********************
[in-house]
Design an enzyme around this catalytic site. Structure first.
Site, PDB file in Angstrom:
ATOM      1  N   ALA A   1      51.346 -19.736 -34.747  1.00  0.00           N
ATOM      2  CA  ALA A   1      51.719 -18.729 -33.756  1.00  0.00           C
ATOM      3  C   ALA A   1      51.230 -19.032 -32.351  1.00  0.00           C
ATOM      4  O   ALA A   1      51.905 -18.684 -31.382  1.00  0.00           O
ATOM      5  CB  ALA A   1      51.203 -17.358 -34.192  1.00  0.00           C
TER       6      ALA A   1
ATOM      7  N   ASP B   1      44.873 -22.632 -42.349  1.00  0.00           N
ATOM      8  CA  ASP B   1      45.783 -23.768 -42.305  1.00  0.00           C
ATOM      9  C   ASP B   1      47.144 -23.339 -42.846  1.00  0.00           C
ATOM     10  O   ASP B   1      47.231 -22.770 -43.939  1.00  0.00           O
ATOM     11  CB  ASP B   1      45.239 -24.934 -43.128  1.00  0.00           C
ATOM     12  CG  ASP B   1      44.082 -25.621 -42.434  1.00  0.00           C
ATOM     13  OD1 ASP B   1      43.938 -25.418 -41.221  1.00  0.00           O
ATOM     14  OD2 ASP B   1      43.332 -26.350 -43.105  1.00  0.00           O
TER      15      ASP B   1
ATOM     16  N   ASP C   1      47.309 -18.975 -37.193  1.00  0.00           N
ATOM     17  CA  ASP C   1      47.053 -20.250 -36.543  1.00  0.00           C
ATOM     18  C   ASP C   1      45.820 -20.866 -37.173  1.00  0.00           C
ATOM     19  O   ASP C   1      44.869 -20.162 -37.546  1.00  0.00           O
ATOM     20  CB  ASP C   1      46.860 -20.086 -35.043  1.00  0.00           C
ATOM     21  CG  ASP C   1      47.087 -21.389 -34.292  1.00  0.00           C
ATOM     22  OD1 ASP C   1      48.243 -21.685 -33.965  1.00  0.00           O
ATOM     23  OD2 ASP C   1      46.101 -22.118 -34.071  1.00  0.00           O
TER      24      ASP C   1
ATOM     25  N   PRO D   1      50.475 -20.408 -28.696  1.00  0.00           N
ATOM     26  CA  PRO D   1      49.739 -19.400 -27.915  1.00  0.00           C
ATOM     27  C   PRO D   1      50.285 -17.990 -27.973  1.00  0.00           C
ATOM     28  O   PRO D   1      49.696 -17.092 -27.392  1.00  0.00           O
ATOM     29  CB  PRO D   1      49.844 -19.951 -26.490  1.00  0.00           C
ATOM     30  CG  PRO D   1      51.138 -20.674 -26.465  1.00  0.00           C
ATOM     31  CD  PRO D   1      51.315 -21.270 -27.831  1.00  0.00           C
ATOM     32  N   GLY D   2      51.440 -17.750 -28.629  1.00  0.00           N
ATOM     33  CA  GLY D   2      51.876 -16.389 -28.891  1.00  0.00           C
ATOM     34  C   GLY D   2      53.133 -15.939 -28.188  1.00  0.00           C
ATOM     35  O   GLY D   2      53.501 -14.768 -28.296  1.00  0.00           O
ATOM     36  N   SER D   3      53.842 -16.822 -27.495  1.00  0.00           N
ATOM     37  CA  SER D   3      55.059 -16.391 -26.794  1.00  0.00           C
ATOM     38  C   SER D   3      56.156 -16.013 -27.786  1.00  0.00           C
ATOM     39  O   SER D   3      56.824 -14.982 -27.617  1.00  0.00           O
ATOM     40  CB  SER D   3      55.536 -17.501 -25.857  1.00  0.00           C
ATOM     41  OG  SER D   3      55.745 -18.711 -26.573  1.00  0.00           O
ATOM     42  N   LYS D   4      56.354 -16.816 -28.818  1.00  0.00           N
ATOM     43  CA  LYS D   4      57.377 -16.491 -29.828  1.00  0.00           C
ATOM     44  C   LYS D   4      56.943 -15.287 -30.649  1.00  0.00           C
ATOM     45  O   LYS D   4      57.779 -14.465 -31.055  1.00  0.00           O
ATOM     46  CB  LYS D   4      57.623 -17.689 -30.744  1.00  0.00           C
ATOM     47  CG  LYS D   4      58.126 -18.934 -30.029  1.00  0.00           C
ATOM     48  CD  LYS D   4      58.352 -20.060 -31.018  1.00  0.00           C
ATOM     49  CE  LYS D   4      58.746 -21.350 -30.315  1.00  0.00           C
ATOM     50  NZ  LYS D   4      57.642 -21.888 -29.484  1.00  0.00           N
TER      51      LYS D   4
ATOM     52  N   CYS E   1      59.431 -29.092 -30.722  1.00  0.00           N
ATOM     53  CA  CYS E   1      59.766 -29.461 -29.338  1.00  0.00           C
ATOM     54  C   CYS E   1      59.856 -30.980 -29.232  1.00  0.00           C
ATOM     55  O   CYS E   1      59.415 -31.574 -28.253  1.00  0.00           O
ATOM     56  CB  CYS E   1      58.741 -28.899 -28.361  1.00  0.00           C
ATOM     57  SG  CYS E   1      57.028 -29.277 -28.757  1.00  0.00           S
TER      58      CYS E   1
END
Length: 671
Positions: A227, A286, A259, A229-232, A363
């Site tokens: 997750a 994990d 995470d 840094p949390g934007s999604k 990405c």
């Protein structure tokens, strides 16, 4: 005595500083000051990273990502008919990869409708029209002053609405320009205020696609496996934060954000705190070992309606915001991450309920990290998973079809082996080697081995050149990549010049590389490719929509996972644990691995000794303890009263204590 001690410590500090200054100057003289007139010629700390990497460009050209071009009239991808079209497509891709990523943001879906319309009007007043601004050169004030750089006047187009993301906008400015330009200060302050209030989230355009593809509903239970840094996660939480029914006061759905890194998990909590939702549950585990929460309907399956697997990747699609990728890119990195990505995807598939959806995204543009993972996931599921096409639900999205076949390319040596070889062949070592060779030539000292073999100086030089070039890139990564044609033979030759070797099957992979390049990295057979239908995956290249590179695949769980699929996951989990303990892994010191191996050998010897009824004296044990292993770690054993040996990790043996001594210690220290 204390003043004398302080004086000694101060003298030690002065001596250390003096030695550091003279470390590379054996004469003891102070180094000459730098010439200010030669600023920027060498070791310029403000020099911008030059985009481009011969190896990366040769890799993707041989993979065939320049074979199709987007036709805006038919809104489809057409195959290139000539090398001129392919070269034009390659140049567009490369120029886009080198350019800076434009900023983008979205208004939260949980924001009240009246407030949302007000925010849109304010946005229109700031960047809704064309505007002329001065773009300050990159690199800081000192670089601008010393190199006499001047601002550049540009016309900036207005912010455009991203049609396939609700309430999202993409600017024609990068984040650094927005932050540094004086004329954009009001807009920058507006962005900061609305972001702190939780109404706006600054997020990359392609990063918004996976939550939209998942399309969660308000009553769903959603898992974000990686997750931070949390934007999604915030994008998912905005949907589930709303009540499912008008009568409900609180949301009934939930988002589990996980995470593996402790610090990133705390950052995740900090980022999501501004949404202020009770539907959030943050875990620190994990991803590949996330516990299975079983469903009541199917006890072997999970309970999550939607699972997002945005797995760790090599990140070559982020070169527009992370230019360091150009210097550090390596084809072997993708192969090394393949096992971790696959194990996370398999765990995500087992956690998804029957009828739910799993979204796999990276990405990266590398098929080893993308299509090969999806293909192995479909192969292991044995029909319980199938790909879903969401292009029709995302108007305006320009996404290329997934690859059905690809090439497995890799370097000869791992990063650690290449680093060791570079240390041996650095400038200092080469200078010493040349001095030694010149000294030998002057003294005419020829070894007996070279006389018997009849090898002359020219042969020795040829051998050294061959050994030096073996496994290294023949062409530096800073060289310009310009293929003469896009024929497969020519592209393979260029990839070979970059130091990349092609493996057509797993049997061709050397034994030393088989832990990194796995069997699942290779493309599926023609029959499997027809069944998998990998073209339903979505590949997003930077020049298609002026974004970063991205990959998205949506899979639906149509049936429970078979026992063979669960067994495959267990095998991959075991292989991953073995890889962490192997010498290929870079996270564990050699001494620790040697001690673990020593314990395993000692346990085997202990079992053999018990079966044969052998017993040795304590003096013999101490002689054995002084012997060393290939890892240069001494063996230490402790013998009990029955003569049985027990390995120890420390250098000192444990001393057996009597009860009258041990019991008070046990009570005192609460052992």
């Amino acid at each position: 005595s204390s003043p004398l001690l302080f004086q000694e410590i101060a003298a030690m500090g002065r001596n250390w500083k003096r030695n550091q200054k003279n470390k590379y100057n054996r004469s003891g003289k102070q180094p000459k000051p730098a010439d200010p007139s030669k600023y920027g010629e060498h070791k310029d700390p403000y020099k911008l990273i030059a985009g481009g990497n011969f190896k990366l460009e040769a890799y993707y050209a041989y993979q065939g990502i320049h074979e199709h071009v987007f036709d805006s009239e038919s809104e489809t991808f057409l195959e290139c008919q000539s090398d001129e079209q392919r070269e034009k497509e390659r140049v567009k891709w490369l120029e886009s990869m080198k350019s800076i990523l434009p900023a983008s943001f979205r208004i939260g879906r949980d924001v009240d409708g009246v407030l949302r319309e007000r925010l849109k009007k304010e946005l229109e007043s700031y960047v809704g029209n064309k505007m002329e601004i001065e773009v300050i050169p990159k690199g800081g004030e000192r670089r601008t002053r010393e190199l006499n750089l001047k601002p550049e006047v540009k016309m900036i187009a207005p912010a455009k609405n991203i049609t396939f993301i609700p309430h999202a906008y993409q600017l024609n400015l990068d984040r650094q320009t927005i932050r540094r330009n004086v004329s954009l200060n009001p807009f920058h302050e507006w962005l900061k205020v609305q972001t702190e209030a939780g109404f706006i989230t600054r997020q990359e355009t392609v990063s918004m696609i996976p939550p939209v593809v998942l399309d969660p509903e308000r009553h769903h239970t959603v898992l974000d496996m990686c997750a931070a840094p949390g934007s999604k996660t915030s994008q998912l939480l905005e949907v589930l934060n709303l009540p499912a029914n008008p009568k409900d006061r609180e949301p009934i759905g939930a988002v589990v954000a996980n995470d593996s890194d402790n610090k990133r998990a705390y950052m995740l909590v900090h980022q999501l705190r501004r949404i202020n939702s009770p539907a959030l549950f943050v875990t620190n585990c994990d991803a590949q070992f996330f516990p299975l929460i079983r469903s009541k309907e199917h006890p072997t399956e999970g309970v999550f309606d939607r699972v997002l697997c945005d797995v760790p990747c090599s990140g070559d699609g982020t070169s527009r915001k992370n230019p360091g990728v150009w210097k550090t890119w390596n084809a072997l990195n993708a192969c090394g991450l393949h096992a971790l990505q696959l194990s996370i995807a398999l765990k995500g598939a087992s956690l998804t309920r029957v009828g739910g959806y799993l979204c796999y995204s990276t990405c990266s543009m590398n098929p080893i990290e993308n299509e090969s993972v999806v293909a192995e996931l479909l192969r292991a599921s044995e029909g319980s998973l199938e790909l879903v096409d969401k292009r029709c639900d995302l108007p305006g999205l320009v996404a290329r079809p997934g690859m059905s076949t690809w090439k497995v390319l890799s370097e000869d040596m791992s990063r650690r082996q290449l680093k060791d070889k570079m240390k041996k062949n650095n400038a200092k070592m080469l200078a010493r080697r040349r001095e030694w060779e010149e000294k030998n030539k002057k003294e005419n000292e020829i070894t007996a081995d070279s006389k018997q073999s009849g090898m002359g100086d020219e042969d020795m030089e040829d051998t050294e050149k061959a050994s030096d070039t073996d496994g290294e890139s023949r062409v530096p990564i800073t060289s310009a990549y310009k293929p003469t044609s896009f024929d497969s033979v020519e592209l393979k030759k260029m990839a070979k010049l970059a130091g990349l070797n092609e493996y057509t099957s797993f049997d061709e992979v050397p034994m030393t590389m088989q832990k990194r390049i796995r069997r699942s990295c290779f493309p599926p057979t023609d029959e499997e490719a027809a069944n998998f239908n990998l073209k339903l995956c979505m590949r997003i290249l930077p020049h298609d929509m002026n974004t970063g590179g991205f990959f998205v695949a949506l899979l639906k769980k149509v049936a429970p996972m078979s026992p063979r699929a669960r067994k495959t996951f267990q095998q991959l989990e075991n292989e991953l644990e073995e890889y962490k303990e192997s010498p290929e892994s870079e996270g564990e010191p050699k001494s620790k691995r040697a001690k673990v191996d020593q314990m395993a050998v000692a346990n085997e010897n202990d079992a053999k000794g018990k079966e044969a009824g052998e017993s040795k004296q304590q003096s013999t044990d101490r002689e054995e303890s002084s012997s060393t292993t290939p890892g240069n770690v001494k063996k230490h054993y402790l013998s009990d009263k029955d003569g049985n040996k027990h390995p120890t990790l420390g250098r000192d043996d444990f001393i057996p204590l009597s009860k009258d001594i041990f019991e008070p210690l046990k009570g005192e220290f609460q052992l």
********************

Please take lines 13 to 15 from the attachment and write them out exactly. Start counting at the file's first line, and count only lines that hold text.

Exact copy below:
ATOM     10  O   ASP B   1      47.231 -22.770 -43.939  1.00  0.00           O
ATOM     11  CB  ASP B   1      45.239 -24.934 -43.128  1.00  0.00           C
ATOM     12  CG  ASP B   1      44.082 -25.621 -42.434  1.00  0.00           C